The Kouamo Blog

  • Christmas traditions in Cameroon and Cuba
  • Julie Kouamo
  • AllNewsTravel Tales

Christmas traditions in Cameroon and Cuba

How will you be spending Christmas this year?

All around the globe, people experience their own winter festivities and unique traditions for the Christmas period. We have found out a little more about how people celebrate the season in Cuba and Cameroon - two of the countries which have inspired the current Kouamo collections.

Operation Christmas in Cameroon - Picture from Plain target Marketing

In Cameroon, Christmas is during the dry season and in the heat of the coffee and peanut harvest. Traditions have been heavily influenced by colonisation and French culture. Initially it was a purely religious celebration with Christian’s attending a midnight mass to celebrate the birth of Jesus. Today, it is a much celebrated holiday - people dress in their best clothes and there is much singing at church. People often visit family, decorate their homes and exchange gifts. 

Yule Log joyuxnoelbuch.esy.esAll of the children in the house place slippers under a tree and, despite the hot weather, families follow the French tradition of sharing a ‘Buche de Noel’ cake.This sweet roulade or sponge cake is formed to look like a miniature yule log and is a luxurious item for an average Cameroonian family.  

More about the Bangou collection inspired by Cameroon >







Kouamo Trinidad landscape

Before Christmas or ‘Nochebuena’ was banned in Cuba in 1969, it was a two week festivity where families would visit and share a special ‘Cena de Navidad’ meal on 24 December and a celebrate the Epiphany on 6 January. Traditionally pig was slow roasted over a pit and marinated with onions garlic and sour orange, then served with plantain, black beans, rice and Cuban bread. Christmas dinner ended by drinking wine and attending mass. This celebration was drawn to a close after the revolution as Fidel Castro felt the holiday was interfering with the production of sugarcane, one of the main exports of the island. In 1997, during the visit of Pope John Paul II, the holiday was officially restored again.

Trinidad Bell and church in CubaChurches now ring their bells, however on the whole it is still business as usual in modern day Cuba during the Christmas period. 

More about the Vinales collection inspired by Cuba

And what are your traditions? We are curious to know what you are up to for Christmas.. 

Share them with us until the 25th December in the comment box below and you will enter automatically our draw to win one of our beautiful fabric journals. Winners will be announced on our next newsletter and will be contacted by email. We can't wait to read all your stories!!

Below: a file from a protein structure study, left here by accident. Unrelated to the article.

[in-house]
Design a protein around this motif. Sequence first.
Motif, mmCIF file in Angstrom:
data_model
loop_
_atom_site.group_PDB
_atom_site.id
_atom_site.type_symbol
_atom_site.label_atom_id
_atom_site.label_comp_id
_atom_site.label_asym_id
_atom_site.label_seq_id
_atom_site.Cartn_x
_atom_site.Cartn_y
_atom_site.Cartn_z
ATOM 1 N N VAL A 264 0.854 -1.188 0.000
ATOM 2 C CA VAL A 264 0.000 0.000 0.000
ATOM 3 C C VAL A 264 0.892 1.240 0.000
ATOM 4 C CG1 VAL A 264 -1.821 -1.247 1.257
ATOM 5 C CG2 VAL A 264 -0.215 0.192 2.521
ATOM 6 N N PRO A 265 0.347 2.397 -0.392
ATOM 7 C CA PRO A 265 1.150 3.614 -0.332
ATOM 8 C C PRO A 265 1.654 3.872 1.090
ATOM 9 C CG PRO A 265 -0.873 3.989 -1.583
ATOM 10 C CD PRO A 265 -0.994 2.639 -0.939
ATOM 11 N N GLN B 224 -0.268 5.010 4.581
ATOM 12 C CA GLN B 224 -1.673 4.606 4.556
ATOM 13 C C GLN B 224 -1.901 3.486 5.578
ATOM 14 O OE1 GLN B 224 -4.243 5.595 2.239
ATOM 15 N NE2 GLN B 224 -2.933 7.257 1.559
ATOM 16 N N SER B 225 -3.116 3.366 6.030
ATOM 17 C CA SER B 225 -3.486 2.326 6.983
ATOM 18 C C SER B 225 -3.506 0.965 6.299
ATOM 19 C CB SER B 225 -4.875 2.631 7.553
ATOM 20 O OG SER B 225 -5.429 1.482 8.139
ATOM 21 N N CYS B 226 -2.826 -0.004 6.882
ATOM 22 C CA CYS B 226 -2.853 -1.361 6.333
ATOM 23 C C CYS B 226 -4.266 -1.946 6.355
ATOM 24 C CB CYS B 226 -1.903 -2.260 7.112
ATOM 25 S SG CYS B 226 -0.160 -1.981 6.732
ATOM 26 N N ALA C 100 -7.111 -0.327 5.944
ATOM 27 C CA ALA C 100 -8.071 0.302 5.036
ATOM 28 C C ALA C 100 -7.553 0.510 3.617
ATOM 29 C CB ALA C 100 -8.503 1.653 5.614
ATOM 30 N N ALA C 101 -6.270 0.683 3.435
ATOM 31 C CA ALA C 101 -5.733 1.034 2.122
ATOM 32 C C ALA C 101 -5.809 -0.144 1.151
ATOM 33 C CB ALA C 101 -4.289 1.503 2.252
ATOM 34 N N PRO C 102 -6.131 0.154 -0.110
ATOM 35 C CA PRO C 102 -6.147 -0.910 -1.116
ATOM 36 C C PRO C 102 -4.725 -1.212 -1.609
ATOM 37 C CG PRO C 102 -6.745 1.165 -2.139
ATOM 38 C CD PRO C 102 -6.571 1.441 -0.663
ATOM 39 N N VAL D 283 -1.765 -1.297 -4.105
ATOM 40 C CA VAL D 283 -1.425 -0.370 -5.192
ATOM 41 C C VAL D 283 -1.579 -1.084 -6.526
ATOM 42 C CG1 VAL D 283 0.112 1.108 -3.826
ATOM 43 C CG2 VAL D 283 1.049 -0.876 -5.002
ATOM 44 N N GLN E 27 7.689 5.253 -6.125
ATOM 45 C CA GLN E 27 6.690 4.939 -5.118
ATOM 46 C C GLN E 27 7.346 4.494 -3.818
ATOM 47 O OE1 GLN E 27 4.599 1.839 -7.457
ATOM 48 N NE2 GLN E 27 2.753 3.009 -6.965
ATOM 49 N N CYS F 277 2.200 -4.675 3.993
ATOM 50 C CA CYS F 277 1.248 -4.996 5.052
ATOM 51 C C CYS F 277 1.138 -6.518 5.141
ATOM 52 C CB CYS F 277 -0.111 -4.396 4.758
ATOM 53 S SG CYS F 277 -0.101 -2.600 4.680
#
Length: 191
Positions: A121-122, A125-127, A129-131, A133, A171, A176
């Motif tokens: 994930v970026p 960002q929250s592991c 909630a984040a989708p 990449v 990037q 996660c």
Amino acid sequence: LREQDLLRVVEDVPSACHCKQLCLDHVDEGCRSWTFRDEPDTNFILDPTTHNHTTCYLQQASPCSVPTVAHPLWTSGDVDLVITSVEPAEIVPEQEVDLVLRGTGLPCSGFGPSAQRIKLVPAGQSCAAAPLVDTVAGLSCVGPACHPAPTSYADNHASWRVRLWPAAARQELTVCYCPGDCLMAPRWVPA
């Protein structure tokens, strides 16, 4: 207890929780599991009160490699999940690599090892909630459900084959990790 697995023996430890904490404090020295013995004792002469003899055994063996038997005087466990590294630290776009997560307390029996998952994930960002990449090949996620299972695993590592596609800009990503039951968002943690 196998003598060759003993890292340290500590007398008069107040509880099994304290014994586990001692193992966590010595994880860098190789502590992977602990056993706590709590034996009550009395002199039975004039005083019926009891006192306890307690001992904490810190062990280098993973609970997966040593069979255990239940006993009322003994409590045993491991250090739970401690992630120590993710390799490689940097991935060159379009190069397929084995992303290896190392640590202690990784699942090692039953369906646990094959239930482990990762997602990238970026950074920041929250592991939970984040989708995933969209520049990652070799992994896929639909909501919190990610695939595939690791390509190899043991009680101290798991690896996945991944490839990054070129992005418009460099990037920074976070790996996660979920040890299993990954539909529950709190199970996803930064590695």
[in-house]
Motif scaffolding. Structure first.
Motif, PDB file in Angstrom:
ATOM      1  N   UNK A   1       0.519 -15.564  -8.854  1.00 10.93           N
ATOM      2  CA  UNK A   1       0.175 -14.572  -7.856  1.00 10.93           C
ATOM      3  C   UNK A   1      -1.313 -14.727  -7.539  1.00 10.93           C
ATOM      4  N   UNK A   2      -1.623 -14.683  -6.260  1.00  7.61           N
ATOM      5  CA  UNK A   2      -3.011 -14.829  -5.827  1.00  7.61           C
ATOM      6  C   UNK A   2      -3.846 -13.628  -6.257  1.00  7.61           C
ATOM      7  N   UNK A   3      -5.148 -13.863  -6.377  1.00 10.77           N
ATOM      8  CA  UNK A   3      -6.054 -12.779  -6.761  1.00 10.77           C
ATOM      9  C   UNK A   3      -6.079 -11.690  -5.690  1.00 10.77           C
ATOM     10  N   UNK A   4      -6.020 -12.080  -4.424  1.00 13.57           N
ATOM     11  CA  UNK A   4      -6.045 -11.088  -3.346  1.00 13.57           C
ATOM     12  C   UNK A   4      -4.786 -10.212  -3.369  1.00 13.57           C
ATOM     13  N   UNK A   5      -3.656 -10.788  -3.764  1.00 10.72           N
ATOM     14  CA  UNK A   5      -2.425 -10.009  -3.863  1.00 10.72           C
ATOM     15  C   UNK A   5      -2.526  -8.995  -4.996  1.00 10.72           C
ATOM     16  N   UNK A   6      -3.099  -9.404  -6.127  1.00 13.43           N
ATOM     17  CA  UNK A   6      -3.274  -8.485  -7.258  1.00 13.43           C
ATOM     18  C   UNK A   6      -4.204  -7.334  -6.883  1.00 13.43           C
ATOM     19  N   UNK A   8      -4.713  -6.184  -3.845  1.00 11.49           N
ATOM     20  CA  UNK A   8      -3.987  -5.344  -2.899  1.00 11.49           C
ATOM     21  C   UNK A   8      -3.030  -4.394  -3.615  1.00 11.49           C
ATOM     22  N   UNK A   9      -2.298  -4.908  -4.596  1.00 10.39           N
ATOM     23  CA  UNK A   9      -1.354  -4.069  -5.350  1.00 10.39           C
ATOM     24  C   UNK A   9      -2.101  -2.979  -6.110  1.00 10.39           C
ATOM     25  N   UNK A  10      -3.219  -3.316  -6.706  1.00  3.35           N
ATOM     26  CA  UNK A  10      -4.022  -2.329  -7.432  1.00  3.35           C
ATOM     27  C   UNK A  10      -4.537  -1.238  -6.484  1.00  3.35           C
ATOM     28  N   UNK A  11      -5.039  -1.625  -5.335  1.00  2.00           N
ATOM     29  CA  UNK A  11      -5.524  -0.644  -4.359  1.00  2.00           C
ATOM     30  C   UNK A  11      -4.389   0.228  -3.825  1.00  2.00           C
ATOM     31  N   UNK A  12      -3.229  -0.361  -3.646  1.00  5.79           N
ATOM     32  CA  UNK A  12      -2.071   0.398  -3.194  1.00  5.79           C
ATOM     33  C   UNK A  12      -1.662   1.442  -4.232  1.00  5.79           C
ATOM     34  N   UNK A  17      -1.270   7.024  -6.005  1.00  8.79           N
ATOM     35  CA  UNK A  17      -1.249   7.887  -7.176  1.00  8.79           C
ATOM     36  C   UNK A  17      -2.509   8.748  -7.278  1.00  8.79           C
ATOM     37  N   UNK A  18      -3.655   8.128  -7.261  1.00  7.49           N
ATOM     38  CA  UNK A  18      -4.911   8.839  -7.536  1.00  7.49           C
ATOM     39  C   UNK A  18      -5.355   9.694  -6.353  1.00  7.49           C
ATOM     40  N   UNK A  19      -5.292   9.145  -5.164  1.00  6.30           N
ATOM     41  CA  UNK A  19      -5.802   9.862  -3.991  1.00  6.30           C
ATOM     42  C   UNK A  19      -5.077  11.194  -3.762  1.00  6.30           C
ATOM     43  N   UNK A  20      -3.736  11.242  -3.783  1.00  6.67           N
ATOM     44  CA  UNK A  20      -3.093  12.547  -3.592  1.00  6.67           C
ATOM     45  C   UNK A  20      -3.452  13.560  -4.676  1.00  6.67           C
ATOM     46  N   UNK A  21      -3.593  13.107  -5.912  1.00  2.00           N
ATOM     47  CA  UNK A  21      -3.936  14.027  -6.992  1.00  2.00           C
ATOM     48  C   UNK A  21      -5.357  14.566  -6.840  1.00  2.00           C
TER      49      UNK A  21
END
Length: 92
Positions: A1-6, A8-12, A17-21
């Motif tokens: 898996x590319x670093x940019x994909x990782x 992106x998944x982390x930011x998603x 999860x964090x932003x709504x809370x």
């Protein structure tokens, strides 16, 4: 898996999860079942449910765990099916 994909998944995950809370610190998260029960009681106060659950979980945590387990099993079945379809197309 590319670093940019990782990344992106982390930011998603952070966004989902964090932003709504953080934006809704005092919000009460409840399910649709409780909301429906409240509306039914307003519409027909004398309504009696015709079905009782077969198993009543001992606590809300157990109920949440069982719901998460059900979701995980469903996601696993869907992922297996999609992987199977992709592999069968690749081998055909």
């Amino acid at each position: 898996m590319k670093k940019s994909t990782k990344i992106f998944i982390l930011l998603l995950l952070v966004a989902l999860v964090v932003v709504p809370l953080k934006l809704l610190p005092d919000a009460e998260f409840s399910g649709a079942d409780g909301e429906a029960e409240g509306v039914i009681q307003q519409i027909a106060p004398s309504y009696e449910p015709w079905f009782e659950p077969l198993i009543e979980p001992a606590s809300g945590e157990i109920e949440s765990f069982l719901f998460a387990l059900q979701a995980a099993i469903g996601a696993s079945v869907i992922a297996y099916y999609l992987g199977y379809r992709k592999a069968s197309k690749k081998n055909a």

• Julie Kouamo
  • AllNewsTravel Tales

Comments on this post (3)

  • Dec 13, 2015

    Born and raised in France with asian origins, Christmas has always been the best excuse to gather all my family around a good feast! We actually put aside the religious part as we are not all Christians. But, some of my family members leave the dinner around 11pm to go to the midnight mass in “Notre-Dame de Paris”.
    I love Christmas for many reasons, the atmosphere, the magic of this celebration with all the luminous trees, the smell of hot chocolate when I come home and the songs. It brings me back to my childhood. And on Christmas day, we wake up -very early -with the kids exciting screams to open their gifts brought by Santa Claus, under the tree!

    — Juliana

  • Dec 13, 2015

    One of the moment I remember regarding Christmas is surprisingly enough work related thanks to my German colleague. A few weeks before Christmas she used to celebrate Saint Nicolas at the office. She would bring a Christmas tree, nice tea , hot wine and German sweets. And she invited us all for a gathering. It was amazing because she managed to infuse a very nice spirit among the participants with her kindness. The fact that she was trying to embark us in her family tradition was perceived as a sign of generosity. And to me this is the essence of a holy day. H

    — Halima

  • Dec 08, 2015

    I come from a very large family and have 10 siblings so Christmas was always great fun. When I was young, instead of having gifts in a stocking or under a tree – they would be put in little piles in our living room. When we woke up in the morning the door would be locked and the curtains closed so there was no peeking. We would line up outside the door in age order with the youngest at the front and I can remember that the anticipation was almost unbearable. We were so excited! Occasionally someone would pick the wrong pile and that would make everything even more funny – especially when my brother thought he had a gift set of pink knickers! My favourite tradition now is to go for a walk on Christmas day, especially on a sunny cold day.

    — Josie

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